My family desktop is a 7-year-old Sawtooth G4 PowerMac that has been upgraded from 400MHz to 1.0GHz, 768MB of RAM and a 200 GB 7200 RPM hard drive. The ancient Rage Pro video was replaced by a GeForce MX that while not Core Image compatible, is Quartz Extreme enabled. Its got a fast Pioneer dual layer burner and a backup 40 GB hard drive.

    This 7-year-old machine is still fast and powerful, and most importantly can still be upgraded to more than double the performance it has today.

    The G4 Mini in my associate’s office is a tiny and beautiful work of art that does everything we ask of it. That said, three or four years from now when we need more performance, the Mini will be easily upgradable.

  12. Max says:

    – ezflip:

    I believe Apple is going to do that, numbers indicate that a hell lot of people wants to swich from PC to Mac. Its the perfect timing for Apple to attack PCs from all the possible sides. Lets believe it will just happens!!

  13. Poster says:

    Customization is the bane of longevity, unless you are very good and very careful. Most PC geeks aren’t either! How do you suppose that the aftermarket stays in business? They sell based on the “it’s easy to replace components” and then get you to buy again once you burn up a part or two in your attempts to upgrade your own box. The Mac can already be customized. I say this as a former PC/Linux guy and now a Mac guy. With PCs, it’s not only the quality of the parts that’s a problem, it’s that because it’s supposed to be configurable, you go and do it. Then you find out that wow, it’s not exactly configurable, is it? Windows barfs on bizarre configuration errors. DLL rot. You name it and it gets in the way of your dream machine actually working. If I wanted all those ills all over again, I’d never have switched to Mac.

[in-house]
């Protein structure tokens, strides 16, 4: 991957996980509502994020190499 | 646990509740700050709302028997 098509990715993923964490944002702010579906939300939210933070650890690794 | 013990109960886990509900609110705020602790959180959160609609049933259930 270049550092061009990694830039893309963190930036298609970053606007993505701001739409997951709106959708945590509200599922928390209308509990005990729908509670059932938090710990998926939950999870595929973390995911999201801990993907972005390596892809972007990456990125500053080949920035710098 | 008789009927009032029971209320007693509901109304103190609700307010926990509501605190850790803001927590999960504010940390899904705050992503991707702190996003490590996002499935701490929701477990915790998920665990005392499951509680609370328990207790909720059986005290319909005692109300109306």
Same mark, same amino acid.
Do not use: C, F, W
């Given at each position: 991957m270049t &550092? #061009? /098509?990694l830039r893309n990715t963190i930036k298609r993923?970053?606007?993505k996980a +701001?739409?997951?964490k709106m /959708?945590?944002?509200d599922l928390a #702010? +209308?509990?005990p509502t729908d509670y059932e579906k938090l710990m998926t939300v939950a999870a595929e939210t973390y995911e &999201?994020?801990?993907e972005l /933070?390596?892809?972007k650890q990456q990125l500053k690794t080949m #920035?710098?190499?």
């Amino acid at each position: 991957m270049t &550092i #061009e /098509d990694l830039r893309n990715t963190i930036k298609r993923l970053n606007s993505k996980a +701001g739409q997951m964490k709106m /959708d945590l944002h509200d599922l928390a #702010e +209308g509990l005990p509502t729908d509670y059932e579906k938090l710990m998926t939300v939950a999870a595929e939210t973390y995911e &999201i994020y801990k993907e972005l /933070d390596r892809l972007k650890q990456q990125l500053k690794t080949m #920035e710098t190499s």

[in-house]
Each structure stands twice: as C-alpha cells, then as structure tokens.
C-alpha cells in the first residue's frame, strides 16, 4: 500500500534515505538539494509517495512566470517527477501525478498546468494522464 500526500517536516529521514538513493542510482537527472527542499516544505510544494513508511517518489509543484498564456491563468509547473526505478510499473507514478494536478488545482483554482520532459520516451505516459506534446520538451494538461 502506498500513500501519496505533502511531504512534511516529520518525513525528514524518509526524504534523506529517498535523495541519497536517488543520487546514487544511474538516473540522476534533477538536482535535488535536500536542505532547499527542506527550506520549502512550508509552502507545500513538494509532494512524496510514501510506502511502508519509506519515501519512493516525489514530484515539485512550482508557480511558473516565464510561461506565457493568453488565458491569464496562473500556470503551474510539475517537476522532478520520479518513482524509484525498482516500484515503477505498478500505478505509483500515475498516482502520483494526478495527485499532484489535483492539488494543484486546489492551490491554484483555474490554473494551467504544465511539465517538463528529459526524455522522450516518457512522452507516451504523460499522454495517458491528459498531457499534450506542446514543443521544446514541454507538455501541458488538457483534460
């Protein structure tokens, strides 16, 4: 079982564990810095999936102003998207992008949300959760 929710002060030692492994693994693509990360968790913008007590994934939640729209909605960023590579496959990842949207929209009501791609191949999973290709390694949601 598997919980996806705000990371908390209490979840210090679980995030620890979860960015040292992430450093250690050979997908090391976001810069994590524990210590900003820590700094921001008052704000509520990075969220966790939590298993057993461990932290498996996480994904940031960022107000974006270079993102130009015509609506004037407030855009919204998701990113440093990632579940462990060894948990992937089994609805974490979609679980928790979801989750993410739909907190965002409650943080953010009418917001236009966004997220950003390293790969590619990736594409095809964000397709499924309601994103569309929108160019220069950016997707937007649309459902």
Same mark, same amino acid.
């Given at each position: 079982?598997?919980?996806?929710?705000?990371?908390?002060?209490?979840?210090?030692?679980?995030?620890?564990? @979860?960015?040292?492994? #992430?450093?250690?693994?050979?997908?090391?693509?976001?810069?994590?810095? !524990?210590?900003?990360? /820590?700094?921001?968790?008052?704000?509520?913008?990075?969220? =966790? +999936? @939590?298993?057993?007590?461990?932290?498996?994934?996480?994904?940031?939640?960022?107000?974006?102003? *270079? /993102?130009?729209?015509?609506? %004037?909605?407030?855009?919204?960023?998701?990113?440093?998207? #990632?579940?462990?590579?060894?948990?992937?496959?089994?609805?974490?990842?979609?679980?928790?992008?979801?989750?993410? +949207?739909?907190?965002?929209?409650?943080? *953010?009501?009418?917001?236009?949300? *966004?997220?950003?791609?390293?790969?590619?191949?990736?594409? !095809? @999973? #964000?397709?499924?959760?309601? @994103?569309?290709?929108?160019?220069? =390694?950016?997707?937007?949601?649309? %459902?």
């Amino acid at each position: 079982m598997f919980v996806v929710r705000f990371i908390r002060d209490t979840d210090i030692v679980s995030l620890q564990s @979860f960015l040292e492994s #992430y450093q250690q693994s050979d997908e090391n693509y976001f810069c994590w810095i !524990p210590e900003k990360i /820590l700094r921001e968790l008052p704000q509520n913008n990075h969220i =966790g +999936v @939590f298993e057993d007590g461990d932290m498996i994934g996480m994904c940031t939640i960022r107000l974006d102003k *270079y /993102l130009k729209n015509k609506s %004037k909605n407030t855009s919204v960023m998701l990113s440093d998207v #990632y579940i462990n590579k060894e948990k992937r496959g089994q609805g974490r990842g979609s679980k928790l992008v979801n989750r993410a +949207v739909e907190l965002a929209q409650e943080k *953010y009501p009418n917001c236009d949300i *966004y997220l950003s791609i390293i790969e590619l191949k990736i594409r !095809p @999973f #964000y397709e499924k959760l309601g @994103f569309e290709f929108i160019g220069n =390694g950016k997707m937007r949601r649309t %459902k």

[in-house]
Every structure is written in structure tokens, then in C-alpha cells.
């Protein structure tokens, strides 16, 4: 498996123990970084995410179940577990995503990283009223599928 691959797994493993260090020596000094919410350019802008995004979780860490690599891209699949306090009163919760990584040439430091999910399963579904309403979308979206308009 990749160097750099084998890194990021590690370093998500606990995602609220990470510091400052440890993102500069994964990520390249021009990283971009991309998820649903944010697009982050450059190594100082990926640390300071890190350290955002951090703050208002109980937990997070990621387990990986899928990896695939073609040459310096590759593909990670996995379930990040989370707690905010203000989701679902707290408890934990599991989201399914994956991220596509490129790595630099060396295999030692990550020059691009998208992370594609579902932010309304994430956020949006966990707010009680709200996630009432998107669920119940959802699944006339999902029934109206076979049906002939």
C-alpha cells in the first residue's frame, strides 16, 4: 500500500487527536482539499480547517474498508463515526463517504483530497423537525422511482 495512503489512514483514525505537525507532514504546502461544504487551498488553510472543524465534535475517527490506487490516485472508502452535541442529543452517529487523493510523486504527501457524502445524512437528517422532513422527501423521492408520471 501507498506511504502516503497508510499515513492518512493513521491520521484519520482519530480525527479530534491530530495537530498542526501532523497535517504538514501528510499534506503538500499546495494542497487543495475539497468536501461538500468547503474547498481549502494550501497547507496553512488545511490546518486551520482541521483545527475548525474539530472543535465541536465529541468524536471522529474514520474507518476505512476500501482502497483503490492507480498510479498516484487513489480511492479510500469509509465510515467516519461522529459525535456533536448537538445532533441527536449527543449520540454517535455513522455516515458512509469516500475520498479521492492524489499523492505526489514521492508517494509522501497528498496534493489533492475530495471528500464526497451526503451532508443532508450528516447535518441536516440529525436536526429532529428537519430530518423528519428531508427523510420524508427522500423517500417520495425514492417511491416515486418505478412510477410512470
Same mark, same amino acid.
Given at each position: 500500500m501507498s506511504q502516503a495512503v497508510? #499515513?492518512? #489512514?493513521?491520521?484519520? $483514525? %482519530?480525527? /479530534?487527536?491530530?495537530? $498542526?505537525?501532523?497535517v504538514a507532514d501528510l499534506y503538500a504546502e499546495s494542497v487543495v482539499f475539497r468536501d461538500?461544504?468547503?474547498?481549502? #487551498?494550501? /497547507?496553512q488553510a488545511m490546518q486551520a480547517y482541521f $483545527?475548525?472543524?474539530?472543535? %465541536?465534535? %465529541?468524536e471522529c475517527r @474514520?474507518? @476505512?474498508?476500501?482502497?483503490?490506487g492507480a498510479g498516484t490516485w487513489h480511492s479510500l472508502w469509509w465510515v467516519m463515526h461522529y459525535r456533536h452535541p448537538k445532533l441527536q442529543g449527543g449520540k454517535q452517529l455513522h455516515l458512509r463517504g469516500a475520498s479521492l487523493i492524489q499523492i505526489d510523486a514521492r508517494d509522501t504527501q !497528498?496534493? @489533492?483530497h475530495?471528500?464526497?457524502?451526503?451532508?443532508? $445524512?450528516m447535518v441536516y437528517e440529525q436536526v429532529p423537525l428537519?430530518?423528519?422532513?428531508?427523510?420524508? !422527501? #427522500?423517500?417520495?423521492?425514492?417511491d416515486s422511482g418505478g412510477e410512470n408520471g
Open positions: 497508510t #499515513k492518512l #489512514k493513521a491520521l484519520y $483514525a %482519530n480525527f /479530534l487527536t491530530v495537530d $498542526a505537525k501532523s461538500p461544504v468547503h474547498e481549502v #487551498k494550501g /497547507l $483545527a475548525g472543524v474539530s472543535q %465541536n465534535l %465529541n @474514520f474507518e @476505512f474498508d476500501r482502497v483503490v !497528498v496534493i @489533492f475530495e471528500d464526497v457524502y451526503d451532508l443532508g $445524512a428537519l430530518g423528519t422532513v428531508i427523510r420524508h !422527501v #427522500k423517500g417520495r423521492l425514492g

14. cooner says: